Some delay was expected between the move-out at Ash Grove and the move-in at Cook, says Theresa Rash, recreation manager for northeast and southeast Denver. The city didn't want people in the building while boxes cluttered the hallways, and some equipment, such as billiard tables, had to be removed for refurbishing. "We wanted everything nice" for the new facility, says Rash. But the changeover was to take only two to four weeks. "We're frustrated with the delay," she admits.
With the exception of the billiards groups, all of the former Ash Grove programs have been temporarily moved to other city rec centers. The women's pool group now meets in the party room at a member's apartment complex. The men's group gets together on Tuesday afternoons at the Rack 'Em billiards club in Aurora.
"It used to be free [at Ash Grove], but here we have to pay," complains one group member as he slides his pool cue from its black zippered bag. Like the dozen other men here at the pool hall, all raised during the Depression and looking hardy in their polo shirts and jeans, he complains about the room's lingering odor of cigarette smoke. In the good old days, the players could drop by Ash Grove any afternoon and scare up some buddies for a quick game of pool.
Some of the older seniors rely on recreation centers for their only exercise, especially as the weather gets colder. They also worry about their now-scattered community: At Ash Grove, the "regulars" would keep an eye on each other and check on friends who didn't show up. During the holidays, the community center helped fill the gap left by the loss of a spouse or children who live far away. "If this was about daycare for kids instead of recreation for seniors, you can imagine how upset people would be," says one participant.
Ash Grove was completely dedicated to senior classes, senior programs and senior drop-in activities. At Cook, over-fifties will share space with under-fifties of all ages. The idea doesn't please many of the Ash Grove regulars. "We already raised our kids," says one. "In my case, eight kids."
"I know they want their own turf, but we spent several months dialoguing with the community about this," says Rash. A survey taken in the neighborhood three years ago showed broad support for a "multi-age" facility at Cook, she adds. "We wanted to be sure we were plugging into their needs. We're offering an enhanced package of resources."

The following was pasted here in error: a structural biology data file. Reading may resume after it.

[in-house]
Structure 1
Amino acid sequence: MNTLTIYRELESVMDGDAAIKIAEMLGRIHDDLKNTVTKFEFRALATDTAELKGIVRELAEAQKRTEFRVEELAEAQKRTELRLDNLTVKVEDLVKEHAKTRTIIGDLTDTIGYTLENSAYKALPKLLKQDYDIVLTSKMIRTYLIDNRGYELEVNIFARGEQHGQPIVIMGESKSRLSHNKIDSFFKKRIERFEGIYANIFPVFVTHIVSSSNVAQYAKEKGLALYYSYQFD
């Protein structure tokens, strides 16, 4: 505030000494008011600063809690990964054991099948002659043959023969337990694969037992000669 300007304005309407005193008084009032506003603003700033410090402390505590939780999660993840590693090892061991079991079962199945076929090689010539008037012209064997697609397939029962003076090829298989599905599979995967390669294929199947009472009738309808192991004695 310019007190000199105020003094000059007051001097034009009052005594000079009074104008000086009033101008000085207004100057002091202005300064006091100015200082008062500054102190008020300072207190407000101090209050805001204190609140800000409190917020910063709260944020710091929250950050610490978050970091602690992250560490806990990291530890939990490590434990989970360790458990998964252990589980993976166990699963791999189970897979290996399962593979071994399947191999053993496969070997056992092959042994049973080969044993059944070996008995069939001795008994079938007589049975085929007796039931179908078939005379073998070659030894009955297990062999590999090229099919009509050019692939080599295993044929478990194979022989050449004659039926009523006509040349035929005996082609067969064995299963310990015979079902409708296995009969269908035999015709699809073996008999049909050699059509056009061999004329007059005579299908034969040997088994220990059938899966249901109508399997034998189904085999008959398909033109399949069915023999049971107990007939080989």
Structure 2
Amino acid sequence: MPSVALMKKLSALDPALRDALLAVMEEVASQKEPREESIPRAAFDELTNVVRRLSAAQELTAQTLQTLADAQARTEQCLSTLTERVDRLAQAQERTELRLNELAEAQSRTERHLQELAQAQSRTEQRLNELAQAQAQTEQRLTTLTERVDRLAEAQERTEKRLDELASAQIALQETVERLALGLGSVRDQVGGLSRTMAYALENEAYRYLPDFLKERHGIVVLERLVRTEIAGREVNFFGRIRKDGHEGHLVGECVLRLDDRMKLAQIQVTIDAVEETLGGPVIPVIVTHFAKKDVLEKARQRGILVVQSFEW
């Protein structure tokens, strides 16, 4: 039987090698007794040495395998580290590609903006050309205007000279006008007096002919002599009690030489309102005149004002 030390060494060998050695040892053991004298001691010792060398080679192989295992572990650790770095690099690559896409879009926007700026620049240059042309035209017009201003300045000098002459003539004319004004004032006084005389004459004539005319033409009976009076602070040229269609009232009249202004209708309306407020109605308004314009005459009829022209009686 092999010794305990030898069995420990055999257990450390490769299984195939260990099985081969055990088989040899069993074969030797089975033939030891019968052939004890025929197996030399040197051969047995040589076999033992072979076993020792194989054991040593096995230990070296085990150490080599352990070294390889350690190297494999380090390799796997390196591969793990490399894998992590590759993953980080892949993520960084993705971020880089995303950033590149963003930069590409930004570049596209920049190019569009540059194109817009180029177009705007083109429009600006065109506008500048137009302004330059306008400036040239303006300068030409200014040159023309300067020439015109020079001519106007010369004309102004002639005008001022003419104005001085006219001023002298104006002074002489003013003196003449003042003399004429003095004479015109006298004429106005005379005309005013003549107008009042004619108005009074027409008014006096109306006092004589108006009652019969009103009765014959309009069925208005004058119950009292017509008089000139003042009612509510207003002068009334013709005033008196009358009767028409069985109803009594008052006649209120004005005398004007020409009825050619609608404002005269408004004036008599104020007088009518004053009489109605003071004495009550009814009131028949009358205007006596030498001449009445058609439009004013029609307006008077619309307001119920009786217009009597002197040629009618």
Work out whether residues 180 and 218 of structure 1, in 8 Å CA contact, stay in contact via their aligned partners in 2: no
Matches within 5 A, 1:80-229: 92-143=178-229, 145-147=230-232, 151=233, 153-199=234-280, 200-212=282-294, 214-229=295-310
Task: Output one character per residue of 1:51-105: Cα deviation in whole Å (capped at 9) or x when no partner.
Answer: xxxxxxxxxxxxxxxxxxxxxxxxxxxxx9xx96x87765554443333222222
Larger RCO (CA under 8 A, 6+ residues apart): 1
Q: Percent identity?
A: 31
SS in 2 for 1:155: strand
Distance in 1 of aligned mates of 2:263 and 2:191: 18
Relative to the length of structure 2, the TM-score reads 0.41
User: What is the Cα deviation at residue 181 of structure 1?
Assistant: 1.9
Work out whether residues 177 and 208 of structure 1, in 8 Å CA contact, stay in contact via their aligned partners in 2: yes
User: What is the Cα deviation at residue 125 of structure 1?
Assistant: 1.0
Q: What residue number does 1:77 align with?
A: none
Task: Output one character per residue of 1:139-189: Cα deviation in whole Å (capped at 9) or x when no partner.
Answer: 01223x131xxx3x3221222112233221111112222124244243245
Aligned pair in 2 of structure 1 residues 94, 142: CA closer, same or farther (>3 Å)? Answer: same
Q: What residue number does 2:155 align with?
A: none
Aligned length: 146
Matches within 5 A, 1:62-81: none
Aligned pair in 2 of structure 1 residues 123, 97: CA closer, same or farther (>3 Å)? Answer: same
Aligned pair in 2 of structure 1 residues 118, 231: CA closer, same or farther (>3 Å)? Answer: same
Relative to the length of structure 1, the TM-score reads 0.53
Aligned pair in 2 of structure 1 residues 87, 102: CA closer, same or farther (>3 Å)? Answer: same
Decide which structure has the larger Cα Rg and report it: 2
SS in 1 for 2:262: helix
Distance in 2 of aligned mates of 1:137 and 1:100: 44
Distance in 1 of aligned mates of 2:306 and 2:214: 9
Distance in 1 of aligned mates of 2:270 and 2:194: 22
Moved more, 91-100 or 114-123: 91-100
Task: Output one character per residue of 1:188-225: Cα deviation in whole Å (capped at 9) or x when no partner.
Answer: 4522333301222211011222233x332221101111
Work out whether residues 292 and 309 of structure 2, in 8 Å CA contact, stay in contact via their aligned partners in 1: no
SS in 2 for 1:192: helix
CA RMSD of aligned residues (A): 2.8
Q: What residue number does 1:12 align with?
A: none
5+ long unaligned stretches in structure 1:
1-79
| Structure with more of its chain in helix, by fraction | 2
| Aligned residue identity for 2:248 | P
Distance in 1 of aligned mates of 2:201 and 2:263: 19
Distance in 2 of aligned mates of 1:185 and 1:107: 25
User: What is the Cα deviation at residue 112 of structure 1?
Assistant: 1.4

The city now has only three recreation centers reserved for seniors--Platt Park, Highland and Newton--and all three are aging buildings with no room for expansion, says Rash. As the baby boom goes gray, the trend is to offer "mainstream" recreation programs that serve all ages, "including those over age fifty who don't want to be called seniors," she adds. "And that's a lot."
The Cook center still doesn't have a firm opening date--the reception desk say the first of they year--although the staff lets visitors stop in and nose around. By mid-January, with any luck, Cook will host dozens of classes for the fifty-plus crowd, ranging from quilting and watercolor painting to tap dancing, weightlifting, yoga, bridge, cooking, estate planning and literary discussion. Most require a modest fee, but seniors can still drop in the center for casual pool- and card-playing at no charge, says Rash.
Three weeks after Ash Grove's closing in early September, more than a hundred seniors turned out for an official farewell party. Even though they expected to see one another at their new community hangout within just a few weeks, the event was tinged with nostalgia. "People hated to leave there," says Pat Murray, whose two oldest children attended Ash Grove when it was a public school. "For a lot of people, especially people who don't drive, it was a second home.